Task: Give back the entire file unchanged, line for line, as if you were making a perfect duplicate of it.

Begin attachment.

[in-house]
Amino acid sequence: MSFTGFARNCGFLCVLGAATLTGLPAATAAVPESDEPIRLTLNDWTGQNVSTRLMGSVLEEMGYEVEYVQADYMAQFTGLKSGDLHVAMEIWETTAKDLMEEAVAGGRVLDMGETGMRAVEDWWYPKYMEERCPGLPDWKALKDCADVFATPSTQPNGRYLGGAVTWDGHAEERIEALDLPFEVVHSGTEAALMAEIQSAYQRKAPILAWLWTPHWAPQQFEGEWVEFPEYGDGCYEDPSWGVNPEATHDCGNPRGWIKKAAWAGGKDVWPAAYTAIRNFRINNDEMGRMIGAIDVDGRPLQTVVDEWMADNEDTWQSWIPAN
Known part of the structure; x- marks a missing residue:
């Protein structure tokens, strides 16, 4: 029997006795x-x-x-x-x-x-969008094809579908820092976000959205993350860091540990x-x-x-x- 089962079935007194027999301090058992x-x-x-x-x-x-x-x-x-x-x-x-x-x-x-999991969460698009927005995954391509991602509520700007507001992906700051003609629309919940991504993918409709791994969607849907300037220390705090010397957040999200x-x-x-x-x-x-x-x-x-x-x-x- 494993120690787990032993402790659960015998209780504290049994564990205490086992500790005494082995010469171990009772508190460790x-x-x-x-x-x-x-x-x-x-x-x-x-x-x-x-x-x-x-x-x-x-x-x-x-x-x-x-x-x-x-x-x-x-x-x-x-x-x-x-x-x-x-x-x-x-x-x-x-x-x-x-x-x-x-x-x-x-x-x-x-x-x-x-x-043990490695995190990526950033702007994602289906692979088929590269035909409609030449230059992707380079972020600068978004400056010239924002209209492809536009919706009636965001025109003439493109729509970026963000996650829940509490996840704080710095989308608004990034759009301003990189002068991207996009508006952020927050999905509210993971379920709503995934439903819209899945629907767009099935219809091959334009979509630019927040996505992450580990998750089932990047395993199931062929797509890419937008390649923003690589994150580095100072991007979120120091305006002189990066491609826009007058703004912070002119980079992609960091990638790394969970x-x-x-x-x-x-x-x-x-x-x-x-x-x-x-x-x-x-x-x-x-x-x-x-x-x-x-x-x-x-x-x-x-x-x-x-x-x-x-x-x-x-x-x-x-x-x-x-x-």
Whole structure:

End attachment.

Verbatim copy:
[in-house]
Amino acid sequence: MSFTGFARNCGFLCVLGAATLTGLPAATAAVPESDEPIRLTLNDWTGQNVSTRLMGSVLEEMGYEVEYVQADYMAQFTGLKSGDLHVAMEIWETTAKDLMEEAVAGGRVLDMGETGMRAVEDWWYPKYMEERCPGLPDWKALKDCADVFATPSTQPNGRYLGGAVTWDGHAEERIEALDLPFEVVHSGTEAALMAEIQSAYQRKAPILAWLWTPHWAPQQFEGEWVEFPEYGDGCYEDPSWGVNPEATHDCGNPRGWIKKAAWAGGKDVWPAAYTAIRNFRINNDEMGRMIGAIDVDGRPLQTVVDEWMADNEDTWQSWIPAN
Known part of the structure; x- marks a missing residue:
């Protein structure tokens, strides 16, 4: 029997006795x-x-x-x-x-x-969008094809579908820092976000959205993350860091540990x-x-x-x- 089962079935007194027999301090058992x-x-x-x-x-x-x-x-x-x-x-x-x-x-x-999991969460698009927005995954391509991602509520700007507001992906700051003609629309919940991504993918409709791994969607849907300037220390705090010397957040999200x-x-x-x-x-x-x-x-x-x-x-x- 494993120690787990032993402790659960015998209780504290049994564990205490086992500790005494082995010469171990009772508190460790x-x-x-x-x-x-x-x-x-x-x-x-x-x-x-x-x-x-x-x-x-x-x-x-x-x-x-x-x-x-x-x-x-x-x-x-x-x-x-x-x-x-x-x-x-x-x-x-x-x-x-x-x-x-x-x-x-x-x-x-x-x-x-x-x-043990490695995190990526950033702007994602289906692979088929590269035909409609030449230059992707380079972020600068978004400056010239924002209209492809536009919706009636965001025109003439493109729509970026963000996650829940509490996840704080710095989308608004990034759009301003990189002068991207996009508006952020927050999905509210993971379920709503995934439903819209899945629907767009099935219809091959334009979509630019927040996505992450580990998750089932990047395993199931062929797509890419937008390649923003690589994150580095100072991007979120120091305006002189990066491609826009007058703004912070002119980079992609960091990638790394969970x-x-x-x-x-x-x-x-x-x-x-x-x-x-x-x-x-x-x-x-x-x-x-x-x-x-x-x-x-x-x-x-x-x-x-x-x-x-x-x-x-x-x-x-x-x-x-x-x-």
Whole structure: